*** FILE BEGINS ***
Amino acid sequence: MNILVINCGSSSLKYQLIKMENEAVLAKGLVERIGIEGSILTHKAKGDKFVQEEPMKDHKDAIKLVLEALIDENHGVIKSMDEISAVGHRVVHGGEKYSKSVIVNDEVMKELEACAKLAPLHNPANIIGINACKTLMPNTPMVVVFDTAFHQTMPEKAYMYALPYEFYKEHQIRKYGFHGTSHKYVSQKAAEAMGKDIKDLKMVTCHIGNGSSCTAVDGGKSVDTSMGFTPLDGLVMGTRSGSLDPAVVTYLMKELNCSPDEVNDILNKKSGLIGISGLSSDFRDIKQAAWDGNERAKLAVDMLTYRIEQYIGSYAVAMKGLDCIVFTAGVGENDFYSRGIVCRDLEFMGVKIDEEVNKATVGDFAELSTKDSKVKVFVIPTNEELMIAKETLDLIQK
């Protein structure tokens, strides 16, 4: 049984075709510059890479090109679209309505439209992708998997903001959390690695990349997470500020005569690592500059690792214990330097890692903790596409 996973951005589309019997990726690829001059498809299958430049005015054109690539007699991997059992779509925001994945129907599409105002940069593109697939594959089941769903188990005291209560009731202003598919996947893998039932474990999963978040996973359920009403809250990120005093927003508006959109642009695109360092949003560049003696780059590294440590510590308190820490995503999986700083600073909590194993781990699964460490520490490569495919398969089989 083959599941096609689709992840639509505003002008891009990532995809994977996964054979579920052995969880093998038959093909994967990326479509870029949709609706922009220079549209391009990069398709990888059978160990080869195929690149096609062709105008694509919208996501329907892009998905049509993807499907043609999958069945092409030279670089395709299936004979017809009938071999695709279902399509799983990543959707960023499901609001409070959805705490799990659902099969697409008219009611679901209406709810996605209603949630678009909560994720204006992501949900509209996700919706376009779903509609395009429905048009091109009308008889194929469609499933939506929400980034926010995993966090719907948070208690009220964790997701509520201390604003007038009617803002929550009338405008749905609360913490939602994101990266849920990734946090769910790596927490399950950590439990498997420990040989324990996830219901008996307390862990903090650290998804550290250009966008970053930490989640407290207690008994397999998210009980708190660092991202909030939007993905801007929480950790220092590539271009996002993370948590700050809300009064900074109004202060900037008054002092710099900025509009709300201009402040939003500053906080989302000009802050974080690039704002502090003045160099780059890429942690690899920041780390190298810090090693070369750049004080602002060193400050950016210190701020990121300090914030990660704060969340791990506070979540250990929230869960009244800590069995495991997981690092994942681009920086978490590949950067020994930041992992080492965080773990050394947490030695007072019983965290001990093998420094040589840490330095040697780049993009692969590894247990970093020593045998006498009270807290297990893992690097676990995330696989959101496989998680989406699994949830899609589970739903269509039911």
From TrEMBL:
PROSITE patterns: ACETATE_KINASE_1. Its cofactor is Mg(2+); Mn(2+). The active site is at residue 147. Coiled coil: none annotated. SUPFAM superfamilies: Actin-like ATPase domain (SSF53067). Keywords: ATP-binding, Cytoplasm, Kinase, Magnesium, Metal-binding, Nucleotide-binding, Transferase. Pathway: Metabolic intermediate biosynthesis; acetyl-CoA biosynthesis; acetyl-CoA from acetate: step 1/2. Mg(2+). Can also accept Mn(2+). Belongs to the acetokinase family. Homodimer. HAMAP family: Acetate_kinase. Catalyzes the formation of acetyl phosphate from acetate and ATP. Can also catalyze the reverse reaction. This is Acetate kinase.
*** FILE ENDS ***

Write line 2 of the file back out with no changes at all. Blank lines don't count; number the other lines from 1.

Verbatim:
């Protein structure tokens, strides 16, 4: 049984075709510059890479090109679209309505439209992708998997903001959390690695990349997470500020005569690592500059690792214990330097890692903790596409 996973951005589309019997990726690829001059498809299958430049005015054109690539007699991997059992779509925001994945129907599409105002940069593109697939594959089941769903188990005291209560009731202003598919996947893998039932474990999963978040996973359920009403809250990120005093927003508006959109642009695109360092949003560049003696780059590294440590510590308190820490995503999986700083600073909590194993781990699964460490520490490569495919398969089989 083959599941096609689709992840639509505003002008891009990532995809994977996964054979579920052995969880093998038959093909994967990326479509870029949709609706922009220079549209391009990069398709990888059978160990080869195929690149096609062709105008694509919208996501329907892009998905049509993807499907043609999958069945092409030279670089395709299936004979017809009938071999695709279902399509799983990543959707960023499901609001409070959805705490799990659902099969697409008219009611679901209406709810996605209603949630678009909560994720204006992501949900509209996700919706376009779903509609395009429905048009091109009308008889194929469609499933939506929400980034926010995993966090719907948070208690009220964790997701509520201390604003007038009617803002929550009338405008749905609360913490939602994101990266849920990734946090769910790596927490399950950590439990498997420990040989324990996830219901008996307390862990903090650290998804550290250009966008970053930490989640407290207690008994397999998210009980708190660092991202909030939007993905801007929480950790220092590539271009996002993370948590700050809300009064900074109004202060900037008054002092710099900025509009709300201009402040939003500053906080989302000009802050974080690039704002502090003045160099780059890429942690690899920041780390190298810090090693070369750049004080602002060193400050950016210190701020990121300090914030990660704060969340791990506070979540250990929230869960009244800590069995495991997981690092994942681009920086978490590949950067020994930041992992080492965080773990050394947490030695007072019983965290001990093998420094040589840490330095040697780049993009692969590894247990970093020593045998006498009270807290297990893992690097676990995330696989959101496989998680989406699994949830899609589970739903269509039911």